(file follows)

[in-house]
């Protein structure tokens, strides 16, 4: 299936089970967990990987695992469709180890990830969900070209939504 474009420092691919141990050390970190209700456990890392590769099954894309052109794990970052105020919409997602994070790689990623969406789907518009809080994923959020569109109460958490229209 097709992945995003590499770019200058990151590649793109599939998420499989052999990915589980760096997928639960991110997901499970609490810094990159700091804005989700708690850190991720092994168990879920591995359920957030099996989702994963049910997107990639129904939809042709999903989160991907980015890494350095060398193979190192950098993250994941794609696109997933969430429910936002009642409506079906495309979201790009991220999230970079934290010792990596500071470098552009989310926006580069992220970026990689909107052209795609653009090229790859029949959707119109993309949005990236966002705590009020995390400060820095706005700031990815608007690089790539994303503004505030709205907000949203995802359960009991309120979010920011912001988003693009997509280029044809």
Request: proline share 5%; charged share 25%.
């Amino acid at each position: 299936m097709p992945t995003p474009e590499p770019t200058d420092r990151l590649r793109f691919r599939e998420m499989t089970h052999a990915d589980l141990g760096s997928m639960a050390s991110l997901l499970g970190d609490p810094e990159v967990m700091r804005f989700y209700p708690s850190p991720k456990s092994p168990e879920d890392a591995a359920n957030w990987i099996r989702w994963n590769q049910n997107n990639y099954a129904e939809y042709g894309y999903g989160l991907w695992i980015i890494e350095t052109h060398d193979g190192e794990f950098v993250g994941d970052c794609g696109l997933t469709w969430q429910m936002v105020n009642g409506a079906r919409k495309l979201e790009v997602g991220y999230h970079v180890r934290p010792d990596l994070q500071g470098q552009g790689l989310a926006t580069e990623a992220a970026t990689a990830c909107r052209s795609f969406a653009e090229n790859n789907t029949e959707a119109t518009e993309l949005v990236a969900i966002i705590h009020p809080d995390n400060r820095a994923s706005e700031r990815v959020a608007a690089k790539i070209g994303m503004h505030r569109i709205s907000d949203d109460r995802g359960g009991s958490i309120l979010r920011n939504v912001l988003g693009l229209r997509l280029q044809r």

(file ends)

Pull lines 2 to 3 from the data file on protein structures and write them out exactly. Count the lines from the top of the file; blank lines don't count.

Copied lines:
């Protein structure tokens, strides 16, 4: 299936089970967990990987695992469709180890990830969900070209939504 474009420092691919141990050390970190209700456990890392590769099954894309052109794990970052105020919409997602994070790689990623969406789907518009809080994923959020569109109460958490229209 097709992945995003590499770019200058990151590649793109599939998420499989052999990915589980760096997928639960991110997901499970609490810094990159700091804005989700708690850190991720092994168990879920591995359920957030099996989702994963049910997107990639129904939809042709999903989160991907980015890494350095060398193979190192950098993250994941794609696109997933969430429910936002009642409506079906495309979201790009991220999230970079934290010792990596500071470098552009989310926006580069992220970026990689909107052209795609653009090229790859029949959707119109993309949005990236966002705590009020995390400060820095706005700031990815608007690089790539994303503004505030709205907000949203995802359960009991309120979010920011912001988003693009997509280029044809």
Request: proline share 5%; charged share 25%.